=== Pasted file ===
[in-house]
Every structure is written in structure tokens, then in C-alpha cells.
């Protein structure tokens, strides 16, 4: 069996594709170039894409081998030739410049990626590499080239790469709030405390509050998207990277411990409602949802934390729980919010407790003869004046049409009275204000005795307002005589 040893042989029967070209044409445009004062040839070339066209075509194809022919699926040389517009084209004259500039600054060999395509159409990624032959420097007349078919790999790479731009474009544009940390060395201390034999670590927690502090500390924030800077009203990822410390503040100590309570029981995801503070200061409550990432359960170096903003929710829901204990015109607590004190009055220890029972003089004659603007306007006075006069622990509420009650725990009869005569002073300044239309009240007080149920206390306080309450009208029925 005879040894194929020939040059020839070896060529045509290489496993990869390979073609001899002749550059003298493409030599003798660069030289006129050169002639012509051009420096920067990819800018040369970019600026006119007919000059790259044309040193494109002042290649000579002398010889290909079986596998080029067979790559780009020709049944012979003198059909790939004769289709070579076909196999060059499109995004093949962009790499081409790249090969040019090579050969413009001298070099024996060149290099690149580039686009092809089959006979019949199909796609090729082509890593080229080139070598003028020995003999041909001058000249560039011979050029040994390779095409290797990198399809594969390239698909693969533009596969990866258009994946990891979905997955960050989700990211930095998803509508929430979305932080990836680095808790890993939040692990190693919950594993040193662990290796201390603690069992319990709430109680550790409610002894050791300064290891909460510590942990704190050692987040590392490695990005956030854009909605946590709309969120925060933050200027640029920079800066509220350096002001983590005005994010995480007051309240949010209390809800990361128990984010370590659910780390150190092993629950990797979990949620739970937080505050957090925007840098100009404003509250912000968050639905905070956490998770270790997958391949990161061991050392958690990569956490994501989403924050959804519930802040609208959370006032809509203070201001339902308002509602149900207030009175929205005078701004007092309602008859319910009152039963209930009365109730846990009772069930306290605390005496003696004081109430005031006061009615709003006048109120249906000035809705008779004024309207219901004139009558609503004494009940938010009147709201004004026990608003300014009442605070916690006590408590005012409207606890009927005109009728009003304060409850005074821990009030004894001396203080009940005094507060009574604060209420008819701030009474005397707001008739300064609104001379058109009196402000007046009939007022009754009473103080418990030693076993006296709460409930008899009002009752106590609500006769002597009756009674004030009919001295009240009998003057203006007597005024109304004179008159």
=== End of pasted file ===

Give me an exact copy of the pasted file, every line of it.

[in-house]
Every structure is written in structure tokens, then in C-alpha cells.
């Protein structure tokens, strides 16, 4: 069996594709170039894409081998030739410049990626590499080239790469709030405390509050998207990277411990409602949802934390729980919010407790003869004046049409009275204000005795307002005589 040893042989029967070209044409445009004062040839070339066209075509194809022919699926040389517009084209004259500039600054060999395509159409990624032959420097007349078919790999790479731009474009544009940390060395201390034999670590927690502090500390924030800077009203990822410390503040100590309570029981995801503070200061409550990432359960170096903003929710829901204990015109607590004190009055220890029972003089004659603007306007006075006069622990509420009650725990009869005569002073300044239309009240007080149920206390306080309450009208029925 005879040894194929020939040059020839070896060529045509290489496993990869390979073609001899002749550059003298493409030599003798660069030289006129050169002639012509051009420096920067990819800018040369970019600026006119007919000059790259044309040193494109002042290649000579002398010889290909079986596998080029067979790559780009020709049944012979003198059909790939004769289709070579076909196999060059499109995004093949962009790499081409790249090969040019090579050969413009001298070099024996060149290099690149580039686009092809089959006979019949199909796609090729082509890593080229080139070598003028020995003999041909001058000249560039011979050029040994390779095409290797990198399809594969390239698909693969533009596969990866258009994946990891979905997955960050989700990211930095998803509508929430979305932080990836680095808790890993939040692990190693919950594993040193662990290796201390603690069992319990709430109680550790409610002894050791300064290891909460510590942990704190050692987040590392490695990005956030854009909605946590709309969120925060933050200027640029920079800066509220350096002001983590005005994010995480007051309240949010209390809800990361128990984010370590659910780390150190092993629950990797979990949620739970937080505050957090925007840098100009404003509250912000968050639905905070956490998770270790997958391949990161061991050392958690990569956490994501989403924050959804519930802040609208959370006032809509203070201001339902308002509602149900207030009175929205005078701004007092309602008859319910009152039963209930009365109730846990009772069930306290605390005496003696004081109430005031006061009615709003006048109120249906000035809705008779004024309207219901004139009558609503004494009940938010009147709201004004026990608003300014009442605070916690006590408590005012409207606890009927005109009728009003304060409850005074821990009030004894001396203080009940005094507060009574604060209420008819701030009474005397707001008739300064609104001379058109009196402000007046009939007022009754009473103080418990030693076993006296709460409930008899009002009752106590609500006769002597009756009674004030009919001295009240009998003057203006007597005024109304004179008159």